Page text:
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עמוד בית
Thu, 13.06.24

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August 2023
Hila Nochomovitz MD, Shlomo Berliner MD, Ori Elkayam MD PhD, David Zeltser MD, Itzhak Shapira MD, Ori Rogowski MD, Smadar Gertel PhD, Shani Shenhar-Tsarfaty PhD, Victoria Furer MD

Background: The parasympathetic system and its main neurotransmitter, acetylcholine, contributes to homeostasis of inflammation. Cholinergic dysregulation is thought to contribute to the pathogenesis of inflammatory rheumatic diseases. Cholinesterase activity in patients with psoriatic arthritis (PsA) has not been investigated.

Objectives: To compare the cholinesterase activity in patients with PsA and immunocompetent controls and to explore the correlation between cholinergic status (CS) and PsA disease activity.

Methods: Serum acetylcholinesterase (AChE) and total cholinesterase activity were measured in patients with PsA (n=88) and matched controls (n=84). Cholinergic activity before and 3–6 months after the initiation of a biologic treatment was evaluated in seven patients with PsA.

Results: The levels of AChE and CS were similar in both PsA patients and controls. PsA patients treated with biologics had significantly lower levels of AChE and CS compared to patients treated with non-biologics: 447.4 vs. 526 substrate hydrolyzed/min/ml, P = 0.005, and 1360.9 vs. 1536, P = 0.029, respectively. We found an association between C-reactive protein levels, AChE activity (r = 0.291, P = 0.008), and cholinergic status (r = 0.247, P = 0.026) in patients with PsA but not in controls. No correlation between AChE activity, cholinergic status, and the indices of PsA disease activity was found. After initiating or switching biologic treatment in 7 patients, AChE levels remained stable.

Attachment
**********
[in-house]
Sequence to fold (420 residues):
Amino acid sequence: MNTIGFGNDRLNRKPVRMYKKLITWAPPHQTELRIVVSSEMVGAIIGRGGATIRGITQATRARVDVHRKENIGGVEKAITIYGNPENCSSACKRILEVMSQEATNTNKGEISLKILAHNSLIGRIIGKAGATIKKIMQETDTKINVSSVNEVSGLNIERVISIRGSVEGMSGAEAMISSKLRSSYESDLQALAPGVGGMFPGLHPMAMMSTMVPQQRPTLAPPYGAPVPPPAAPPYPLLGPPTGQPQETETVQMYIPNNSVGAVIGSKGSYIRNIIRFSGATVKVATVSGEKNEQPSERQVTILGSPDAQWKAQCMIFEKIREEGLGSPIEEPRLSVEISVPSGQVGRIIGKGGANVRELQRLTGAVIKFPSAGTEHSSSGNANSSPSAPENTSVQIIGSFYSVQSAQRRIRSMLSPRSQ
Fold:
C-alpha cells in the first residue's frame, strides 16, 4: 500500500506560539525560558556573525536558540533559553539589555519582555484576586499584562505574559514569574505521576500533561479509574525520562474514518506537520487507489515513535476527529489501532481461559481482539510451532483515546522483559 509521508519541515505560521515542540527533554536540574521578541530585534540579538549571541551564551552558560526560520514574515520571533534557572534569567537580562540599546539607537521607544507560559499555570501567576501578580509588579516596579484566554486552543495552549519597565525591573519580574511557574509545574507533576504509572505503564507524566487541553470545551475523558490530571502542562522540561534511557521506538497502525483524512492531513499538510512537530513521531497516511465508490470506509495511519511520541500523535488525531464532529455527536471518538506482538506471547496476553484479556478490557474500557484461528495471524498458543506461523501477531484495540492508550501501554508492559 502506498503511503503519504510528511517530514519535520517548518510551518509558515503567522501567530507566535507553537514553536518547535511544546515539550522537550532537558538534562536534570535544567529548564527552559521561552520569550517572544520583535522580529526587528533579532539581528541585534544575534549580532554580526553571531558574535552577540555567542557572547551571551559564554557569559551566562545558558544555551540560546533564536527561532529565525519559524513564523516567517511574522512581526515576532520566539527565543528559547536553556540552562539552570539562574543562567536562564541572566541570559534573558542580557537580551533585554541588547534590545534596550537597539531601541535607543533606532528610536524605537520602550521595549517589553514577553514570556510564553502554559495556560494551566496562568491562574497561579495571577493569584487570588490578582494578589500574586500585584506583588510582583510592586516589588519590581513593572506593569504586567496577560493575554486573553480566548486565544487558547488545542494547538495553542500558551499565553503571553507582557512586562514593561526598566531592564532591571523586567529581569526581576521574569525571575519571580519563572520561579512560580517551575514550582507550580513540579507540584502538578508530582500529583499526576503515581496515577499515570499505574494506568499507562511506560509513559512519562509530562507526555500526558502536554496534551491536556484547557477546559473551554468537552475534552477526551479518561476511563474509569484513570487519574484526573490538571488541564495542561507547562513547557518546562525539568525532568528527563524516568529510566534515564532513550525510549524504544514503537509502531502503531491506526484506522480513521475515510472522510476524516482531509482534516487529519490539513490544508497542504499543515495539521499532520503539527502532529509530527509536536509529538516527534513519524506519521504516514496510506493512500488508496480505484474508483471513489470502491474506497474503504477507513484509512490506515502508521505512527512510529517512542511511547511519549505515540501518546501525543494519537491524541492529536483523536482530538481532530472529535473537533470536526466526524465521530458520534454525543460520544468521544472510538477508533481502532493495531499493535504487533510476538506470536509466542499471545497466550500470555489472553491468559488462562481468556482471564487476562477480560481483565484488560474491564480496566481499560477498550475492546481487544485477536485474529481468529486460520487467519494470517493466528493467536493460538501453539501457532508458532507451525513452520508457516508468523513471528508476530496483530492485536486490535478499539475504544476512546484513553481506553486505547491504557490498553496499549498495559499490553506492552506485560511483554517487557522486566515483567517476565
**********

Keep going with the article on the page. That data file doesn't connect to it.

Conclusions: We demonstrated similar cholinesterase activity in patients with psoriatic arthritis and controls, highlighting a potential effect of biologic treatment on cholinergic activity in patients with PsA.

November 2008
T. Leibson and M. Lifshitz

Organophosphate and carbamate are mainly used to kill insects, thereby protecting livestock, crops, homes and communities. Yet, these compounds also convey great danger. OP[1] and CRB[2] poisoning is an important clinical problem, often life-threatening, especially in the pediatric population in rural areas where reaching a physician or hospital on time is difficult. We present a summary of accumulated toxicological knowledge as well as clinical and laboratory experience from a medical center serving a relatively vast rural area and pediatric population. We stress the importance of knowing how to recognize the classic signs of OP and CRB poisoning and when it is appropriate to investigate for such poisoning even in the absence of those signs. Like any medical emergency, OP and CRB poisoning requires prompt resuscitation and use of antidotes. Atropine, oxygen and fluids are the mainstay of therapy. Oximes, which were found useful in some cases of OP poisoning and useless in some cases of CRB poisoning, are absolutely safe as empiric treatment, which is often needed since the major differential diagnosis of OP poisoning is CRB poisoning that is clinically indistinguishable. We hope that continuing research will offer further insights into the management of such events, and we are confident that improved medical management of OP and CRB poisoning will result in a reduction of morbidity and other complications associated with intensive care procedures and hospitalization.